Manhattan's West Side Piers
Looking back to New York in the late 1970s and early 1980s, one finds some of the most dynamic interrelations between sexuality and space in recent cultural history. In Queer Constellations: Subcultural Space in the Wake of the City, Diane Chisholm describes New York “as the queer capital of the twentieth century, and not just as site of the Stonewall riots in the latter half-century but as the setting of heightened phantasmagoria." The segregation of gay men in Greenwich Village made a fertile environment for the appropriation of the decayed piers along Hudson River as arenas for sexual and social interaction.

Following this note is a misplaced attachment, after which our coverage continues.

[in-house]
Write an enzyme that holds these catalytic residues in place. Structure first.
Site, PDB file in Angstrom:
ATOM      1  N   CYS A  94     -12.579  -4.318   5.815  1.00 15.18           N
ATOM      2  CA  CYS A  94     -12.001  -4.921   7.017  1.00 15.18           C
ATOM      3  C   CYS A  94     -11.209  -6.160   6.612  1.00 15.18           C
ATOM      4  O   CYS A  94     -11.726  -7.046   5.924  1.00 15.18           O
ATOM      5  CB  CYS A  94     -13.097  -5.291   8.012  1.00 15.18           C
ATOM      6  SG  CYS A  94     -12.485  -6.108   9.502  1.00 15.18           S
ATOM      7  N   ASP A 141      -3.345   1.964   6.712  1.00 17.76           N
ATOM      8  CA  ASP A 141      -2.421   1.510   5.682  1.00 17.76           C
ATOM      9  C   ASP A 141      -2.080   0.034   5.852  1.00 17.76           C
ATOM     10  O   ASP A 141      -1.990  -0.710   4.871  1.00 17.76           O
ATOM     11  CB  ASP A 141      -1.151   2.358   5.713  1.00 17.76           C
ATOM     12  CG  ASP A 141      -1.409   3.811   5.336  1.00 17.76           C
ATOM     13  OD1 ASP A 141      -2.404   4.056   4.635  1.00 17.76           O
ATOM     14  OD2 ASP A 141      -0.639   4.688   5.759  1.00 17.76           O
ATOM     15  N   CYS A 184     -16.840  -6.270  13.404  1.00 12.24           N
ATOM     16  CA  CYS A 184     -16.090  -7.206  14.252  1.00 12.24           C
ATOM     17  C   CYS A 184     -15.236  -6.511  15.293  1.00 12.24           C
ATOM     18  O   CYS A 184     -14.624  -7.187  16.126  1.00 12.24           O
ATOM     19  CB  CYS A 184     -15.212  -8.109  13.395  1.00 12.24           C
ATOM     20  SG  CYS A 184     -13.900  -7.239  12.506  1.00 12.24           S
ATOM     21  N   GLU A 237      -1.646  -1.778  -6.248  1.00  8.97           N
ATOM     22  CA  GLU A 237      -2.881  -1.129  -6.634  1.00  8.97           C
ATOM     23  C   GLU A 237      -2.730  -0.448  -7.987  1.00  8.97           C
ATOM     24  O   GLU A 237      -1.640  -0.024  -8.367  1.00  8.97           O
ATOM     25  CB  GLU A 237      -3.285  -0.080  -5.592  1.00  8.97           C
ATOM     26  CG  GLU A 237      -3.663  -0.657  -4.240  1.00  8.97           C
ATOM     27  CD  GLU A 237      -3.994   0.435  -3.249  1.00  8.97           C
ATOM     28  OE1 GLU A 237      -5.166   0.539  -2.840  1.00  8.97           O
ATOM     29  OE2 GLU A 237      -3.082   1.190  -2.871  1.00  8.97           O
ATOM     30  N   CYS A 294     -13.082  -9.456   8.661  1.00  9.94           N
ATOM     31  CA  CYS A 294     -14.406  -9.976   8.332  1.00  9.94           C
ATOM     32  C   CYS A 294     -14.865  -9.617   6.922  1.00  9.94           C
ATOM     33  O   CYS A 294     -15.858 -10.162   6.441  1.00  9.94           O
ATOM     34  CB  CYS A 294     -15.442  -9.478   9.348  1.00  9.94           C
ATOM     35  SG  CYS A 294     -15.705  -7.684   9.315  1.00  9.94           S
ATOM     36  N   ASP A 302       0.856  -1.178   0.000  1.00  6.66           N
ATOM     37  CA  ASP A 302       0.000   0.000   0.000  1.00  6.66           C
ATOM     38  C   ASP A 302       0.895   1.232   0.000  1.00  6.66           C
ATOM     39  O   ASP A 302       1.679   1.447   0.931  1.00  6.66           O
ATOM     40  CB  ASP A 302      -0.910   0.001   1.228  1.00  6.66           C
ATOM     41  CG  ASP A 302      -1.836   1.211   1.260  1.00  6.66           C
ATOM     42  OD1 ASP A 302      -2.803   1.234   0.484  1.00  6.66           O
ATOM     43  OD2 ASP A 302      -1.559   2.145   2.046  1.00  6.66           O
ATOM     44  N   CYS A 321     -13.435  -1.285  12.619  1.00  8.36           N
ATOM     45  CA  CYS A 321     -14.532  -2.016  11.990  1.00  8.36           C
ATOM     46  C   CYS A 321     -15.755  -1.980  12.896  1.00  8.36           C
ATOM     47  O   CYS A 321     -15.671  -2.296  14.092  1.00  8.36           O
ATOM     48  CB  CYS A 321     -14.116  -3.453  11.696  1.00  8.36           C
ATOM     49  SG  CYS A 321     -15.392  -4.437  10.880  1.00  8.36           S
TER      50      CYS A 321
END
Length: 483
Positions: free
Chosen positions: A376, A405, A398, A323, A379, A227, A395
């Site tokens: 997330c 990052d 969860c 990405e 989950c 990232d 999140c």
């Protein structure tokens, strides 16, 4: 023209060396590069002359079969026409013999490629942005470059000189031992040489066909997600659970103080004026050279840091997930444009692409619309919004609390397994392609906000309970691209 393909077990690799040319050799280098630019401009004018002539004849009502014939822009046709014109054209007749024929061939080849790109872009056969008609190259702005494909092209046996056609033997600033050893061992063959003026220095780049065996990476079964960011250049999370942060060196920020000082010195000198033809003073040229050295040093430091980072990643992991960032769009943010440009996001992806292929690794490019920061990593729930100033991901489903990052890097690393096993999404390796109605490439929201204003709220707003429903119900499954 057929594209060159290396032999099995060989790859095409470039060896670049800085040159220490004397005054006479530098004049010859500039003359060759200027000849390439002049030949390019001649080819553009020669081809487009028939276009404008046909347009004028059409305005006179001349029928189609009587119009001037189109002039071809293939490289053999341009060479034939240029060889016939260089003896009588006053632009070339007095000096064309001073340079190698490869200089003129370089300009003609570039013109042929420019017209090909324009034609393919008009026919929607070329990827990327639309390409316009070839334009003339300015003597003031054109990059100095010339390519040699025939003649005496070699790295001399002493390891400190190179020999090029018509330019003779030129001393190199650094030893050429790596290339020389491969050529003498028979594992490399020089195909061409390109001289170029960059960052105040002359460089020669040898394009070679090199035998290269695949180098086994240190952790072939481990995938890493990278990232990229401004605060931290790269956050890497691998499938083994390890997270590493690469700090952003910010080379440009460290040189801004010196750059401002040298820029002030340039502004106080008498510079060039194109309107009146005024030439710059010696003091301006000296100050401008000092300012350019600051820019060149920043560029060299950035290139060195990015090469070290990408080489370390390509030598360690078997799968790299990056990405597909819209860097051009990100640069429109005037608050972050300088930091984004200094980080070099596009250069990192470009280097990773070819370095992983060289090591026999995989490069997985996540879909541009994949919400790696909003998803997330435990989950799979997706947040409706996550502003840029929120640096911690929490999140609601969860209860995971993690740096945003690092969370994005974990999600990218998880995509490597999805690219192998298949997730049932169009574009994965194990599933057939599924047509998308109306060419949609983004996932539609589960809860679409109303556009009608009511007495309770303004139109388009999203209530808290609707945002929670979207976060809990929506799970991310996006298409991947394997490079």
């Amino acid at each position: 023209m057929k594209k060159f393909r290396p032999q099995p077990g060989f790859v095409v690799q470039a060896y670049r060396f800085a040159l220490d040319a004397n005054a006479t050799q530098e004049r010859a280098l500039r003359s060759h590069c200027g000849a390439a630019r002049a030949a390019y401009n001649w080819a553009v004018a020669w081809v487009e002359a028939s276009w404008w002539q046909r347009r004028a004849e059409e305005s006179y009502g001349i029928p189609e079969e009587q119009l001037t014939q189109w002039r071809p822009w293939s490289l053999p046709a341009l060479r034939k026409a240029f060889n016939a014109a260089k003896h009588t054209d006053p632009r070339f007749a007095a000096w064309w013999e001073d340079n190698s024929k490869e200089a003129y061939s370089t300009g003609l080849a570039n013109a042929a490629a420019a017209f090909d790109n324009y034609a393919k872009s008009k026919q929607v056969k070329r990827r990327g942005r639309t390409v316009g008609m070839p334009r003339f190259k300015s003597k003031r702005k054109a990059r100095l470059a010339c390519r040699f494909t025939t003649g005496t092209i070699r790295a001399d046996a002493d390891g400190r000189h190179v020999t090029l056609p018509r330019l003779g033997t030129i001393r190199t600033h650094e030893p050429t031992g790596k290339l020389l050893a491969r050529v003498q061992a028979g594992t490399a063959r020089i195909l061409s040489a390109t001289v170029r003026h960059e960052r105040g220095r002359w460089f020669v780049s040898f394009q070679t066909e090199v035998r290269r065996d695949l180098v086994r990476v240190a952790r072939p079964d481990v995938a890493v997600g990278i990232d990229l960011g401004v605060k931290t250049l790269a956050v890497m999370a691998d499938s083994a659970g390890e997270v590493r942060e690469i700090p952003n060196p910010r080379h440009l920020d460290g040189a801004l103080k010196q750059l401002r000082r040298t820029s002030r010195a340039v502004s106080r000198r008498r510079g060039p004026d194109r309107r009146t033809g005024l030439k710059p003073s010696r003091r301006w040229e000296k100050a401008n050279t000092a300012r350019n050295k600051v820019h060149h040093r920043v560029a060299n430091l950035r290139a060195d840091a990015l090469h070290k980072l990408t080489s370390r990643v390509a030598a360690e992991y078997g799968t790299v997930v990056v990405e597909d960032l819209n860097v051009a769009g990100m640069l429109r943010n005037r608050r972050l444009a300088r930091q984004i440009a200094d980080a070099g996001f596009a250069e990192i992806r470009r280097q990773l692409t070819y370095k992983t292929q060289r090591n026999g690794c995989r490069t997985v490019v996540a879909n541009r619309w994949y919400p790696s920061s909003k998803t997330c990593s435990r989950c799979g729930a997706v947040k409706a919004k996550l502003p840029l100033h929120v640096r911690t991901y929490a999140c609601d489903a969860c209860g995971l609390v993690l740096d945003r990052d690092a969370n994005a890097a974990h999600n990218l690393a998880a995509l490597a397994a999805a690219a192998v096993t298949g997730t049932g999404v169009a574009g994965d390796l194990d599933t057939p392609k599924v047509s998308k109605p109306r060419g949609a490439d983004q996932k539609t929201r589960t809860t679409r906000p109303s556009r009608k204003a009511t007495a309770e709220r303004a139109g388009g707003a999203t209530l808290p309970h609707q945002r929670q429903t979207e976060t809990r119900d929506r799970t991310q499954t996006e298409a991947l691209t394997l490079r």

These images--captured by itinerant photographers such as Leonard Fink, Shelley Seccombe, Alvin Baltrop, Peter Hujar, and others— constitute an impressive historical record of the piers before their demolition in the late '90s, documenting the appropriation of New York's waterfront by disenfranchised bodies who used them for refuge, habitation, and play.
Photo taken by Stefanos Milkidis, 2017.
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